A Cut of What?

Royalties, the Net v. Gross Profit Distinction, and Dolly Parton.

Part 2

Welcome back to the Dolly Parton party. Last week we picked up where we left our heroes last week – struggling with the tension between artistic collaboration and the need to delineate legal ownership.  This second installment deals with the potential subjectivity of royalty percentages and explains the difference between net and gross profits.

Turning back to the queen of country music; imagine hypothetically, that a lesser-known member of Dolly’s entourage named Alice was in the room when Dolly Parton was writing Jolene and that, as Dolly was writing the song, she asked what Alice thought a good name would be to use in the song and Alice suggested Jolene. Then arguably Alice would deserve a cut of the royalties from the song. But what percentage of the royalties is Alice entitled to and more importantly what precisely is Alice entitled to a cut of? The net or gross profits of the song?  Percentages are subjective and should generally be decided by the collaborators in an open, honest, and fair manner. All A contributed to Jolene was a name. Dolly wrote the lyrics, the melody and sang the song. But the name is part of what makes the song iconic and distinctive. Would the song have been the same if it was called Caroline or Betty? Would it have been as successful without the name Jolene? These hypothetical questions are what artists hire lawyers to argue about precisely because it is subjective and subject to persuasive argumentation.

Once Alice and Dolly Parton have decided on what percentage they think is a fair the next step is to determine whether the royalty agreement is going to be based on the gross profits or the net profits earned by the song. This decision is hugely important because the choice may have a substantial impact on the long-term financial situation for the band.  The following section defines and describes the differences between gross and net profits and the next week this three-part series will end by putting this all together and explaining net profit are often preferred for royalty agreements.

Gross Profit

For the reading and writing learner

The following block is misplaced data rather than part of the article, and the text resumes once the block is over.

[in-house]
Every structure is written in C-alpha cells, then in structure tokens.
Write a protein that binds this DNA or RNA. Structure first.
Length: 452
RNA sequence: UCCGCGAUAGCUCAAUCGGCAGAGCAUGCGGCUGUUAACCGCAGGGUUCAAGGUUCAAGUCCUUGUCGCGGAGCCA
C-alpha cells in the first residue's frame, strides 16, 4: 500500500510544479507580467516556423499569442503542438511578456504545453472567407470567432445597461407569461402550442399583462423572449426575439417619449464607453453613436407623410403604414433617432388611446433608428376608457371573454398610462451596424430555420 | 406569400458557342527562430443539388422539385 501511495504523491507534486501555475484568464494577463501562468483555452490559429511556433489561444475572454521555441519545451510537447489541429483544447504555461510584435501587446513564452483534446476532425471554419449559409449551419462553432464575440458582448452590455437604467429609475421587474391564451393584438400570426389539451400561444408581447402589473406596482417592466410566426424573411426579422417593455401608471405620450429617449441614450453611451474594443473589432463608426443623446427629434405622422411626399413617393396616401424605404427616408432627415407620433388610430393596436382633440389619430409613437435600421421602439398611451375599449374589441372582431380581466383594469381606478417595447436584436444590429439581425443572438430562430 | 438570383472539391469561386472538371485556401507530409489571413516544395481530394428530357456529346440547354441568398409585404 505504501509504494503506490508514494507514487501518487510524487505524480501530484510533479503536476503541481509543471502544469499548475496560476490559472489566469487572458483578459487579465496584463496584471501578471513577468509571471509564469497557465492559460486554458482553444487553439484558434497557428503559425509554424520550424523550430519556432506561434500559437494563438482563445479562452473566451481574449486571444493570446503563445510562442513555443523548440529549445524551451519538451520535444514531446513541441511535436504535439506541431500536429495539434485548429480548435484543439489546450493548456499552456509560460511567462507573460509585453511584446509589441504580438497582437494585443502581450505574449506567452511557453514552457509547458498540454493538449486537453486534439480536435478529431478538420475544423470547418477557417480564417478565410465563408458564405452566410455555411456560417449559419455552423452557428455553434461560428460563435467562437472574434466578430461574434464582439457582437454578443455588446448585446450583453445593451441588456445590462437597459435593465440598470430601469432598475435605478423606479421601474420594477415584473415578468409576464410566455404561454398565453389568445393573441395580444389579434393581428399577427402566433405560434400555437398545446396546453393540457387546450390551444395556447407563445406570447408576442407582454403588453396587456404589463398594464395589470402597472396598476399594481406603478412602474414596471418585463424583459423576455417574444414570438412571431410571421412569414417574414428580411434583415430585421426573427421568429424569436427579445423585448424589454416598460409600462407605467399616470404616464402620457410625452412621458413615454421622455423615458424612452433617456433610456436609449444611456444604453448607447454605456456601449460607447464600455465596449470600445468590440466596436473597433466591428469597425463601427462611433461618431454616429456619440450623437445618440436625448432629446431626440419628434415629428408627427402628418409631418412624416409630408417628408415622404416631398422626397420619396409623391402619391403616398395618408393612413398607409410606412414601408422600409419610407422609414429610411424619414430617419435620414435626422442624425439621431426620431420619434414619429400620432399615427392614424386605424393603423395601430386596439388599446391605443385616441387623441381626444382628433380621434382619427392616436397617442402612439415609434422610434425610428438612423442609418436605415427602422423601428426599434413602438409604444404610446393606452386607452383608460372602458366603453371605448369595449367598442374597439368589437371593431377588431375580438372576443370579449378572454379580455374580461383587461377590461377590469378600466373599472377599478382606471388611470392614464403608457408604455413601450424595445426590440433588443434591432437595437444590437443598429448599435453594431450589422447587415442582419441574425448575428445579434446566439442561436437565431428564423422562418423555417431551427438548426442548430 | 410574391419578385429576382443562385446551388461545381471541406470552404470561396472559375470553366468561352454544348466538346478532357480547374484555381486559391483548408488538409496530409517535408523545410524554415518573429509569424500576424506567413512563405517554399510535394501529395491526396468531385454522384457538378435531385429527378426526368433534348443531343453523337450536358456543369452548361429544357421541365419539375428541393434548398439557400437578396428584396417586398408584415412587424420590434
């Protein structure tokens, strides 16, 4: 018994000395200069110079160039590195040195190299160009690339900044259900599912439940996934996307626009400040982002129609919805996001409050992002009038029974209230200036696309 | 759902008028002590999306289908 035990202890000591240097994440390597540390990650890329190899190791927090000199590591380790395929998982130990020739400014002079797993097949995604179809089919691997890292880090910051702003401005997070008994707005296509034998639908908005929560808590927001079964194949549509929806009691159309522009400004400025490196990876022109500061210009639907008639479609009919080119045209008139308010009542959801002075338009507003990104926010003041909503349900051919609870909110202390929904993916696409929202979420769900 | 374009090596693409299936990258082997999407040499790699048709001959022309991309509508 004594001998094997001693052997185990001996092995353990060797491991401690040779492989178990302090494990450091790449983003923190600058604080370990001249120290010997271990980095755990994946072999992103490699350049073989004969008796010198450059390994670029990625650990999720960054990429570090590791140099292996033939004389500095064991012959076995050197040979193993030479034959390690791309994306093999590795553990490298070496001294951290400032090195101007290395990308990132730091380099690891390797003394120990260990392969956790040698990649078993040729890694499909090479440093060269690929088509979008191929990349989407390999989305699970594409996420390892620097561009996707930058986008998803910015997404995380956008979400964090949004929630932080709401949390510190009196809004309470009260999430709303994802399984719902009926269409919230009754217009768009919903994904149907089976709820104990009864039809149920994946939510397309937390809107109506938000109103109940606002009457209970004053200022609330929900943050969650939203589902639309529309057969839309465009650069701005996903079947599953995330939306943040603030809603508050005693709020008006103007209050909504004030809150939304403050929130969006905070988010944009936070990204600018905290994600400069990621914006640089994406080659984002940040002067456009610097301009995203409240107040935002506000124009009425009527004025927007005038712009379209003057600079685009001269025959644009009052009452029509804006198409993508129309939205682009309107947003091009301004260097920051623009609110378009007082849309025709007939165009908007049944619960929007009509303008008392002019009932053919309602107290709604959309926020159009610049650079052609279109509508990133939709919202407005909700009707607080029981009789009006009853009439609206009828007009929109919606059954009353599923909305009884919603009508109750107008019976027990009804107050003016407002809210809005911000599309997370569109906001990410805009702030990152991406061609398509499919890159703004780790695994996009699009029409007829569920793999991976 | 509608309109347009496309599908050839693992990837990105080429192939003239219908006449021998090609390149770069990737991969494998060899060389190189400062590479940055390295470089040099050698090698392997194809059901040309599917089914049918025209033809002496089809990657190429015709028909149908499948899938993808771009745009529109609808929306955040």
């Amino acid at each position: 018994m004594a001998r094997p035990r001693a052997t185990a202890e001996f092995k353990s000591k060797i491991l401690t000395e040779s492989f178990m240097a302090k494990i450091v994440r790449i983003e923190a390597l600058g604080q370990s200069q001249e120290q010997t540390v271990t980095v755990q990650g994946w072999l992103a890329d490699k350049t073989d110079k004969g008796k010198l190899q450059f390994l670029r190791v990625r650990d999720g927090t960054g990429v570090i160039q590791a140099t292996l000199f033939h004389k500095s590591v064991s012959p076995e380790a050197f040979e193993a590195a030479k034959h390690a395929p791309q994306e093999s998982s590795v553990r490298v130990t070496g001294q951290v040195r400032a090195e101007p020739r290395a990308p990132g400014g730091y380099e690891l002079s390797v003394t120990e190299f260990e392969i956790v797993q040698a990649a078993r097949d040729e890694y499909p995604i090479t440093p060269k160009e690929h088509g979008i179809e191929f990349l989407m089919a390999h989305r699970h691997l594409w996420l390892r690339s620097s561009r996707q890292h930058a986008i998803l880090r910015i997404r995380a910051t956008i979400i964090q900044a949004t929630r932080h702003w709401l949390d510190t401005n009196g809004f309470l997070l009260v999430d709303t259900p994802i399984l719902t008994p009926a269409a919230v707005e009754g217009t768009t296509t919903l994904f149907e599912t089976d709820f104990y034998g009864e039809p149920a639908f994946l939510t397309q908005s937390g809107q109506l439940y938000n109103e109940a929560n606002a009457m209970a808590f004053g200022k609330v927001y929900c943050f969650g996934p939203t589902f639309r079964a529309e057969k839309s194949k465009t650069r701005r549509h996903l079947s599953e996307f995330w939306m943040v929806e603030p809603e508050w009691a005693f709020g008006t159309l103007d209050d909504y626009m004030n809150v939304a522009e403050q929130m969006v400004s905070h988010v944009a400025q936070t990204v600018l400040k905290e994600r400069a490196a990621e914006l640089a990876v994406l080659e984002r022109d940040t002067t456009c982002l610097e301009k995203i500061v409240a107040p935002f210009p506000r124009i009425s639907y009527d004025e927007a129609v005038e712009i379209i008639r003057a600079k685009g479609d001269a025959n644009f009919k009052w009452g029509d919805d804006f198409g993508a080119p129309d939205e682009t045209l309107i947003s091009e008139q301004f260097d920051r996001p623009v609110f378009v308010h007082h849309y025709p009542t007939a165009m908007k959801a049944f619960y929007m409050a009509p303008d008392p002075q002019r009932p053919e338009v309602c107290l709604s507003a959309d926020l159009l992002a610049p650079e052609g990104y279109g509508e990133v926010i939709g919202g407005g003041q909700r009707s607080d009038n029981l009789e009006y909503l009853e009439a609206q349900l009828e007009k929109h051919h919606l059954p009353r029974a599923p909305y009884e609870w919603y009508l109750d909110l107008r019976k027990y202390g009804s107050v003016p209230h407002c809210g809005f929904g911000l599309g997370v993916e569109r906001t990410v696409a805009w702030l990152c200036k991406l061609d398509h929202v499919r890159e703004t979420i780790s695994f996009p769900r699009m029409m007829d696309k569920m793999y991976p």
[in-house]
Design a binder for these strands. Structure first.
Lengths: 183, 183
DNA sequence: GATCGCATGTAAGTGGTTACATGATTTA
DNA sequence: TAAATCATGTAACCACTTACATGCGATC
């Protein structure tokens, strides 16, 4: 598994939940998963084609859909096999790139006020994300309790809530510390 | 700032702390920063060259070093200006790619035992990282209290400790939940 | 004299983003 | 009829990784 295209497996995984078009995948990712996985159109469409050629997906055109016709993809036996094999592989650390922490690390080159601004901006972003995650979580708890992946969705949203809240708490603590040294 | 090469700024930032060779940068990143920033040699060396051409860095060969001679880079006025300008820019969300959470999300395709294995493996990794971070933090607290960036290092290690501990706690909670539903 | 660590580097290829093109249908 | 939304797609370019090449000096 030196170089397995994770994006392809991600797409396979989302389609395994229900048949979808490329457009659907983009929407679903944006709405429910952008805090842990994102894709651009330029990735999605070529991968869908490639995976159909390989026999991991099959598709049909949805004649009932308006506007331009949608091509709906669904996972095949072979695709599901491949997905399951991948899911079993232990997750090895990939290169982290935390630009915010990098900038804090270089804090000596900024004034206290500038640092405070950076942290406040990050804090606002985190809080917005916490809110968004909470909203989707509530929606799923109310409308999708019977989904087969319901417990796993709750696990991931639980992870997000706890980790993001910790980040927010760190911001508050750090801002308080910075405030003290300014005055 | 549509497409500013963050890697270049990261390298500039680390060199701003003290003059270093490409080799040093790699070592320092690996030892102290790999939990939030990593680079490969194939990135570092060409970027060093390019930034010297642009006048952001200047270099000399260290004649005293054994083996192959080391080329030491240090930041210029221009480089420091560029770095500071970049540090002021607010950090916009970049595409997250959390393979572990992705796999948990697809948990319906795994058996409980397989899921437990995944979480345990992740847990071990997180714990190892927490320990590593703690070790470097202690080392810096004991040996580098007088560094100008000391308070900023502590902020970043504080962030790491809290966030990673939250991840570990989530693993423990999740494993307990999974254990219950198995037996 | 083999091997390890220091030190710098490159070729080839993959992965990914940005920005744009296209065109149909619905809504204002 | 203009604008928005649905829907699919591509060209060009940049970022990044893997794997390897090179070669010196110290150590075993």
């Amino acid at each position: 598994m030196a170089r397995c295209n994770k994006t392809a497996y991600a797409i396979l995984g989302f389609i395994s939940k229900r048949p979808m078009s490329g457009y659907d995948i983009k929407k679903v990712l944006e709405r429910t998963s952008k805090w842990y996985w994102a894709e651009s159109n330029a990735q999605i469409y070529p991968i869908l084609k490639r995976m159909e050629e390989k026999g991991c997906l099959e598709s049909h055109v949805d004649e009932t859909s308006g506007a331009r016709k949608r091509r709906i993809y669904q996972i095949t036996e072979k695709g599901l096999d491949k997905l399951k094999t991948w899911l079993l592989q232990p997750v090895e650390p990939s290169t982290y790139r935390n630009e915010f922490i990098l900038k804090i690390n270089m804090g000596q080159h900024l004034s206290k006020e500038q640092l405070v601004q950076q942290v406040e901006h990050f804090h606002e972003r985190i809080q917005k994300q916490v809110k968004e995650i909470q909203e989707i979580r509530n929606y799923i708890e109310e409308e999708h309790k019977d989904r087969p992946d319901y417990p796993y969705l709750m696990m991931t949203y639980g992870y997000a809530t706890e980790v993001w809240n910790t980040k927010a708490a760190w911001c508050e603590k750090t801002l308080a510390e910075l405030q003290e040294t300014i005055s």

Gross profit is the amount of money that a company earns from goods sold (revenue) after deducting the ‘cost of goods sold.’ The costs of goods sold encompasses the cost of raw materials, inventory, direct labor wages for production workers, equipment costs used in production, repair costs for equipment, and shipping costs etc. These are ‘variable costs.’ Variable costs fluctuate because are dependent on the company’s production or sales volume. Gross profits do not include ‘fixed costs’ which are incurred independently from production or sales volume.  Those costs are reflected in net profit, discussed below.

For the visual learner and numerical learners:

Profit & Loss (PL) by MonthsJanuary 2021February 2021
Cost of Goods Sold5,000.007,000.00
Gross Profit7,500.005,500.00
Equation:  Gross Profit = Revenue – Cost of Goods Sold

Net Profit

For the reading and writing learner:

Net profit is the company’s gross profit minus every other expense incurred. Other expenses reflect the fixed costs referenced above and includes everything from operating expenses (rent, internet, storage, salaries, travel etc.)  to taxes, interest on debt or loans, and depreciation of fixed assets like equipment etc.

For the visual learner and numerical learners:

Net Profit by MonthsJanuary 2021February 2021
Gross Profit7,5005,500
All Other Expenses3,000.003,000.00
Net Profit 4,500.002,500.00
Equation: Net profit = Gross Profit – All Other Expenses

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